These conditions can lead to inflammation, fatigue, and malaise, which significantly impact your mood and mental stability. A close friend struggled for years with what was thought to be depression, only to learn that her thyroid was not functioning correctly. Getting the right treatment changed her life, both physically and mentally.

The Rising Cortisol Problem

Cortisol, the stress hormone, can wreak havoc when levels in the body are consistently high, leading to anxiety, insomnia, and even chronic conditions like diabetes and hypertension. It’s a classic example of how a physical condition can mimic or trigger mental health symptoms. Learning to manage stress through techniques like mindfulness, exercise, and proper sleep can help regulate cortisol levels and improve overall well-being.

Infographic displaying how high cortisol levels can affect mood, memory, and overall health

Gastrointestinal Health and Anxiety

There’s a reason they call it a "gut feeling." The gastrointestinal tract is sensitive to emotion. Anger, anxiety, sadness, and elation—all can trigger symptoms in the gut. Conditions like IBS and IBD can also influence your mental health, causing anything from depression to anxiety. The connection between the gut and brain is so strong that sometimes treating the gut can alleviate some mental health symptoms, highlighting the importance of a holistic approach to health.

A red headed woman hunched over in pain while holding her stomach with both hands

Neurological Conditions and Their Emotional Impact

Neurological conditions such as epilepsy and Parkinson’s disease are primarily physical ailments that also have significant psychological repercussions. Cognitive challenges, including memory loss and reduced attention span, can create considerable anxiety and impact the overall quality of life. Understanding and treating these symptoms require a nuanced approach that addresses both the neurological and psychological aspects.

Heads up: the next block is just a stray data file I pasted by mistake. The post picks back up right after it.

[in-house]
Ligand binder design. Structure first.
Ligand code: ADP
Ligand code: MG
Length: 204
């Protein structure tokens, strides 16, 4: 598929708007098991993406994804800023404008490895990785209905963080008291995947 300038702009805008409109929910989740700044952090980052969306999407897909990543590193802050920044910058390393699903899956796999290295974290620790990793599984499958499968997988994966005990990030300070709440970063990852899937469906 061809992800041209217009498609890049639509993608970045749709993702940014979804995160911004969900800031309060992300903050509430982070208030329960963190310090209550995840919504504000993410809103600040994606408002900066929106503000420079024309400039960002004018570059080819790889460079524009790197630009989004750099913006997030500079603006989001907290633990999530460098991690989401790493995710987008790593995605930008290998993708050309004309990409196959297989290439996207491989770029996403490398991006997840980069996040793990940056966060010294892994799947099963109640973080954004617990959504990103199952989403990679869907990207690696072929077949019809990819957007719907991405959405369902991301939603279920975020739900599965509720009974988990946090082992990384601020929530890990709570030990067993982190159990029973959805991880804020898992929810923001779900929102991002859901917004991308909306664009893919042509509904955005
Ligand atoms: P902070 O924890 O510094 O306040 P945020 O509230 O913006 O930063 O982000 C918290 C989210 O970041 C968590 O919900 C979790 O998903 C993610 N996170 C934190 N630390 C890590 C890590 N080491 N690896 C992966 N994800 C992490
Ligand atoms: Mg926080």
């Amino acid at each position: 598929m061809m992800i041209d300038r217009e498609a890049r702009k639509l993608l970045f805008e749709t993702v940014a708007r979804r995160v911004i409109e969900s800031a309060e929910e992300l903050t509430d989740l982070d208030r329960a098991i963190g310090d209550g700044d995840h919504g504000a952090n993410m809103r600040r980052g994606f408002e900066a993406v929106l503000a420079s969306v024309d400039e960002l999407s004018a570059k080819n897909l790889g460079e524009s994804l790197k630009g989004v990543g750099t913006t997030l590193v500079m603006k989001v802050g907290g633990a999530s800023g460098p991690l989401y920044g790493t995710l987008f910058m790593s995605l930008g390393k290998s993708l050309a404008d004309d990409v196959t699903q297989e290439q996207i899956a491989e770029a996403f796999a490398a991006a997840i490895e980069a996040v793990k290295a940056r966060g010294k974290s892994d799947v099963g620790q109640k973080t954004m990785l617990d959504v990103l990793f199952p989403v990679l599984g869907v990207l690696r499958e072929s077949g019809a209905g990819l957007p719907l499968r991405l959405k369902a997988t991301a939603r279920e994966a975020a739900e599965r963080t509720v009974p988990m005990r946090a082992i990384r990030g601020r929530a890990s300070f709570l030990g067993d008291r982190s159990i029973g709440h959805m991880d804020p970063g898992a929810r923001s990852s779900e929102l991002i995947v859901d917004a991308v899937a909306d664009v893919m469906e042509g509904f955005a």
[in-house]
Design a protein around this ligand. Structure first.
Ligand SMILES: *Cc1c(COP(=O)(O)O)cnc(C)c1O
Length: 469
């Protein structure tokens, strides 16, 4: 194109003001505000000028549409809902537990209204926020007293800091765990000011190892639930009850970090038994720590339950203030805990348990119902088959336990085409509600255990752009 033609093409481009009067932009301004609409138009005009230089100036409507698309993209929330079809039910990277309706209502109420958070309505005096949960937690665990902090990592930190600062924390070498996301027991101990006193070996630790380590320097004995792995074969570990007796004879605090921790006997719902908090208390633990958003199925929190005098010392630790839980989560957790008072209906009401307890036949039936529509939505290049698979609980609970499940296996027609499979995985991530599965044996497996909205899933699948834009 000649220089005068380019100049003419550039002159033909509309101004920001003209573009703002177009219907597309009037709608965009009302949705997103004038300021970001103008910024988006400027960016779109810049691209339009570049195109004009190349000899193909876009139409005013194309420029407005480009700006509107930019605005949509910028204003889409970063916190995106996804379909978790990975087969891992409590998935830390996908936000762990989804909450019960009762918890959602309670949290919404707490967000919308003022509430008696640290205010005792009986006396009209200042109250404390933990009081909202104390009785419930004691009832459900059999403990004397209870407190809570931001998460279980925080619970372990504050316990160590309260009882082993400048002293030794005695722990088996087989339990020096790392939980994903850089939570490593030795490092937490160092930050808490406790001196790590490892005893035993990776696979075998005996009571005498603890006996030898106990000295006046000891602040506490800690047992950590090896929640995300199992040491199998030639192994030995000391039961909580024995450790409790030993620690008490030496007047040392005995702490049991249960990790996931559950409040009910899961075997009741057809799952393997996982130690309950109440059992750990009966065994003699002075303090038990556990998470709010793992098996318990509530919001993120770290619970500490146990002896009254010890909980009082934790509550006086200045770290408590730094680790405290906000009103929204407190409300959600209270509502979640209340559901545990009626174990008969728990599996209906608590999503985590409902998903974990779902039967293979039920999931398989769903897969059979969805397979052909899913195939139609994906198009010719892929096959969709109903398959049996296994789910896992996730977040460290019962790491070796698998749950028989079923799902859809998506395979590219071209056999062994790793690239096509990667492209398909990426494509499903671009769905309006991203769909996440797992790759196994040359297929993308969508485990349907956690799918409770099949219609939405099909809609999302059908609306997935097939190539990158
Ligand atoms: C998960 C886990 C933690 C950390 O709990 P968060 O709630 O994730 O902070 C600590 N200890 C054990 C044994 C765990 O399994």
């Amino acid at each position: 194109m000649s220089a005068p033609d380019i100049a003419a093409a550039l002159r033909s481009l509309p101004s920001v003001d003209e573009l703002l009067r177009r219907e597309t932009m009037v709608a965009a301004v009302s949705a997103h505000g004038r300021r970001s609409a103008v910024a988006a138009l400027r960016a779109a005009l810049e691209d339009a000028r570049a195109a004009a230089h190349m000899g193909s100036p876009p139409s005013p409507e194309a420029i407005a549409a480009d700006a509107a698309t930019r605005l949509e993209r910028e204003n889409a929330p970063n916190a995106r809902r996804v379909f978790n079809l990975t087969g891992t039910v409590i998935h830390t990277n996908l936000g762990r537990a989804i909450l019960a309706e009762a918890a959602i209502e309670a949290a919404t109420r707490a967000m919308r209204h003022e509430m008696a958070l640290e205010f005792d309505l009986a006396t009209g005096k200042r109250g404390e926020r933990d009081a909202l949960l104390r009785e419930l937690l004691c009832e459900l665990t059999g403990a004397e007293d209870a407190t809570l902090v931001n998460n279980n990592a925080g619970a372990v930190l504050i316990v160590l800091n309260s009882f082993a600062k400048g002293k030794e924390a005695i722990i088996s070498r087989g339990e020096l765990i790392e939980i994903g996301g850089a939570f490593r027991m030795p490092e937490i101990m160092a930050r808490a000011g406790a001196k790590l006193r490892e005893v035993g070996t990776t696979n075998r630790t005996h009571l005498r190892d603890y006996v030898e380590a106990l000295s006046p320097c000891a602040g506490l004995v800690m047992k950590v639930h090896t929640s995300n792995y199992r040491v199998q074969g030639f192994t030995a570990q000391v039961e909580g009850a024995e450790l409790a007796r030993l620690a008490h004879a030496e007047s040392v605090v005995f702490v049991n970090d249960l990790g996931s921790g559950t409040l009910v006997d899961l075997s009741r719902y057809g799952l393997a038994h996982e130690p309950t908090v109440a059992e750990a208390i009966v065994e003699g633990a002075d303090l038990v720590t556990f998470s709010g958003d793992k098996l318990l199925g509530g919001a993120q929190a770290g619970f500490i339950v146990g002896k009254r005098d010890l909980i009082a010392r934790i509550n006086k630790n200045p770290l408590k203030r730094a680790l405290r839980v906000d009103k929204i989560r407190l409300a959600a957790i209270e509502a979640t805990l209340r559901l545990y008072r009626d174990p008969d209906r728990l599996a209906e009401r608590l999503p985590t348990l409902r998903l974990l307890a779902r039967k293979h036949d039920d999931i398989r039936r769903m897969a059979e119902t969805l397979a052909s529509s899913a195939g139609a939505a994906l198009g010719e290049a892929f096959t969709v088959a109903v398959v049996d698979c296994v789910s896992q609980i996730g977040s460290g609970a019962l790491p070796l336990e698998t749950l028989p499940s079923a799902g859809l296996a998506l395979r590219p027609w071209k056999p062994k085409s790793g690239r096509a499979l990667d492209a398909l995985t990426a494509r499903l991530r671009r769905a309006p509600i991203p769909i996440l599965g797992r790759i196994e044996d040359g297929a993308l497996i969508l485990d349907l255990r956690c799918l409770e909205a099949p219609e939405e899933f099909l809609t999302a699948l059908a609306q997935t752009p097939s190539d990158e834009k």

Heart Health and Emotional Well-being

Did you know that cardiovascular health can also influence your mental state? Conditions like hypertension and heart disease can lead to mental health struggles such as depression and anxiety. Managing these conditions isn’t just about taking medication; it’s about adopting a lifestyle that supports both heart and mental health.

An african american man smiling and holding both hands in front of his chest to form a heart shape

The Role of Medication in Mental Health

Medications for physical conditions can also impact your mental health. For example, steroids used to treat inflammation can lead to anxiety and mood swings. Similarly, certain asthma medications can cause symptoms like depression and agitation. Being aware of these potential side effects can help you manage them more effectively.

Actionable Steps to Take:

If you feel that your physical health might be impacting your mental state, it’s crucial to speak openly with a healthcare provider about all the symptoms you're experiencing. Additionally, embracing a supportive network of friends and family can provide the emotional backing needed to navigate both physical and mental health challenges.

What Not to Do:

It’s essential to not dismiss ongoing physical symptoms as merely stress or mental health issues. Getting a comprehensive health evaluation is crucial, as ignoring symptoms can lead to further complications. The general rule of thumb is to address these health concerns sooner rather than later. If you're in need of a provider to help you get to the bottom of the issues you're experiencing, my practice, The Nudge, offers telehealth as an option for those who are too busy to make it in to see a provider in office.

To Wrap Things Up:

The complex relationship between our physical and mental health is an ongoing interaction that needs careful attention and management. By understanding the underlying physical causes of mental distress, we empower ourselves with the knowledge to seek more effective treatments. Let's respect the signals our bodies send us and embrace a holistic approach to our health, ensuring a better quality of life both mentally and physically.